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by Tom Fels (@thomasfels) Last month I paid tribute to two Esquire magazines, published exactly 47 years apart, contrasting both the advertising and editorial content.

Esquire, September 1970While a lot has certainly changed over the past five decades — what with technological advancements, social transformation and changing roles for men both at home and in the workplace — there is also much that has stayed the same. Gents still quaff expensive whiskies, aspire to wear a Rolex and generally take an interest in the same forms of progression.

More long term

However, the time spent producing that article did get me thinking about something a more long term. At this time of year, we’re accustomed to trend projections for the year ahead, but what if we were to take our Esquire lessons from the past 50-odd years and apply a lens on the next 50?

Acknowledging that the pace of change is increasing exponentially, it’s taken some drastic thinking to cue these advertising and subject matter trends for the year 2060:

  1. Format

Esquire will no longer be in print and will exist only as a digital and interactive audiovisual resource, accessed mostly by phone and smart projection technology. Content will be tailored to an individual based on preselected interests and hence no two interfaces are likely to be the same.

The linear navigation of the current content will exist as a vertical interface, enabling users to navigate to various points of interest within an article to access deeper levels of information.

All articles will be enhanced with meet-the-maker and behind-the-scenes footage.

  1. Frequency

Monthly magazines will have ceased to exist. Rolling content will be published as it becomes available. Some content will be produced ‘live’ and interacting users will be able to have the resulting article personalised to their interest.

Thousands of international writers, photographers, thinkers and artists will collaborate on individual topics to offer the speed and frequency demanded by the publisher and readers.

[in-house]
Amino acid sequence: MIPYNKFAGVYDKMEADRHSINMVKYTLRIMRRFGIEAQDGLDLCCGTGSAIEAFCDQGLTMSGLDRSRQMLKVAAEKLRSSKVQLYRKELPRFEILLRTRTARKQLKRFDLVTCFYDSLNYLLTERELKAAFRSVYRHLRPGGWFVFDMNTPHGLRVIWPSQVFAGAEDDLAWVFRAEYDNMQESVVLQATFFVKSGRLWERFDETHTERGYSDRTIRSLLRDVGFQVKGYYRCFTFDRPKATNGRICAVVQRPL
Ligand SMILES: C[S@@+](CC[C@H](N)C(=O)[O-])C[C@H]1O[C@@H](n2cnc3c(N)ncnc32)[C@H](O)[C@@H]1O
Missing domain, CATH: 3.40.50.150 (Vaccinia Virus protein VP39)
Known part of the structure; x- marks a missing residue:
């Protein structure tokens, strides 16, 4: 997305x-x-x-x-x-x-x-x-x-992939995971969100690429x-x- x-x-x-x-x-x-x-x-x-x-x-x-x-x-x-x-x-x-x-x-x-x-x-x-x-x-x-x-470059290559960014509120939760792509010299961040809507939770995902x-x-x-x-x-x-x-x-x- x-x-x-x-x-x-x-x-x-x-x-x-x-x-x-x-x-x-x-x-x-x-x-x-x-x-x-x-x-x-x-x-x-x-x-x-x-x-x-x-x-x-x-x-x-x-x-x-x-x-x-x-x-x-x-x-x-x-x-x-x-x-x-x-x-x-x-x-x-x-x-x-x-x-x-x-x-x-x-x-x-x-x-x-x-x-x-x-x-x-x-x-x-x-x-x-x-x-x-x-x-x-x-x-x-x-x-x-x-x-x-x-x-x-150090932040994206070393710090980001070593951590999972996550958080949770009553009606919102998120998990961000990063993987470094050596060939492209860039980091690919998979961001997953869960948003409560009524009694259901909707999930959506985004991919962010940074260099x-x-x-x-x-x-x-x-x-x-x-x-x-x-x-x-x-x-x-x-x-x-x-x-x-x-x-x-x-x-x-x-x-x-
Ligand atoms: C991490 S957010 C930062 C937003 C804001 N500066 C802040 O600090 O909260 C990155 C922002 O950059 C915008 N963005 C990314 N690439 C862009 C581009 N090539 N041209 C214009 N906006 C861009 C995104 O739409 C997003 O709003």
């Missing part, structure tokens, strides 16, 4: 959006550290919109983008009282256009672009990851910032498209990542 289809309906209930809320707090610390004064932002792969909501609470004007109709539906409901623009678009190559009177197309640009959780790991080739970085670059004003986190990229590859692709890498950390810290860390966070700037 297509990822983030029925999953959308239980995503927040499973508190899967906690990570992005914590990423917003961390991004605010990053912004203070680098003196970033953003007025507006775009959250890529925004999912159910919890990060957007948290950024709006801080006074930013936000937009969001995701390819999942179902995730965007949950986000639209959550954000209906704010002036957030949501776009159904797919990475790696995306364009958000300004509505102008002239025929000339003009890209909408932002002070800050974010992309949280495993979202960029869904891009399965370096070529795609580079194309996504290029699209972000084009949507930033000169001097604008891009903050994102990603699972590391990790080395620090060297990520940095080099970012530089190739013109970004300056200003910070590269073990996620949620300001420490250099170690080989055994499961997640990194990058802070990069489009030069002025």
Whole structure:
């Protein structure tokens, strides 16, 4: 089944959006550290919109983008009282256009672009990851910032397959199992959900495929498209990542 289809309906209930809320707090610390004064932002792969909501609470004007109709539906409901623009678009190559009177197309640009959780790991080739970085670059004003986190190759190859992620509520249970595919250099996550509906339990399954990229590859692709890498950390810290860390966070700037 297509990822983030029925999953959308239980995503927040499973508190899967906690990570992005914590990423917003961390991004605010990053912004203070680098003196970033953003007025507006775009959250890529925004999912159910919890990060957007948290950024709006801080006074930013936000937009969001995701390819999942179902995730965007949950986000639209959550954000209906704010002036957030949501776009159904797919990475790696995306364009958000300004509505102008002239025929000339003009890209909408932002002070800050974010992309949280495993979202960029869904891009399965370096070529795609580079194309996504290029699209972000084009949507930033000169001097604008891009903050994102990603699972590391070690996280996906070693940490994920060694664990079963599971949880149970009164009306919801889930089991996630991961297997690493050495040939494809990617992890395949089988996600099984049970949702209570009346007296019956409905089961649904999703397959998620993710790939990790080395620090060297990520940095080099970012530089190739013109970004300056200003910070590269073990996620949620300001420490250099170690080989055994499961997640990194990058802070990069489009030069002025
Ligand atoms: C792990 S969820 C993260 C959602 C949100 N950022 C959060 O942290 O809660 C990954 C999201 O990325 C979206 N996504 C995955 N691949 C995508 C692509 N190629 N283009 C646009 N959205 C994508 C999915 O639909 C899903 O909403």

1. Subscription

A pay-for-content model will charge readers in-app. For those using Google Glass and other near-view projectors, a retina scanner will charge per word read. Other publishers will have gone the pay-per-click route of today’s digital media houses. The art of storytelling will need to be more persuasive than ever.

  1. Advertisers

Already over the past 50 years, we’ve seen alcohol advertising diminish at a multiple of 15 times. Liquor ads will have been banned decades before 2060. While fashion houses and luxury brands will continue as paid-contributors, technology companies will dominate in the quantity and quality of communication.

Rolex will continue to feature and achieve a landmark century of advertising to the Esquire audience.

  1. Ad forms:

‘Advertising’, particularly the static variety, will be out of vogue and would have been replaced with brand-curated content. The majority of such content would already be housed in brand-owned communities, and the paid use of other supporting channels would be aimed at drawing new users to these communities.

The Esquire outlook

Branded media channels will be fragmenting fast and innovating even faster in 2060. Those that hold cult status will garner a loyal following, while a more transitory audience will migrate from brand communities to media channels, looking for curated experiences (not ‘reads’) and upholding a standard set of expectations no matter their destination.

The paradigm of accelerating change implies that there is more room for success — and failure — than ever before. If one facet of advertising can change 15-fold over the past 50 years, I imagine others could change at a multiple of four or five times that in the next 50.

The real challenge for Esquire and other media owners is in moving first, moving fast and, ultimately, risking it all to book their spot in the crosshairs of future popular culture.

 

Tom FelsWith a decade of local and international experience in leading brand consulting, design, shopper marketing and integrated advertising roles, Tom Fels (@thomasfels) has gained a deeply relevant understanding of the dynamics of agencies. His skills are put to work daily as group managing director of Publicis Machine. He contributes the monthly “The Ad Exec” column to MarkLives.

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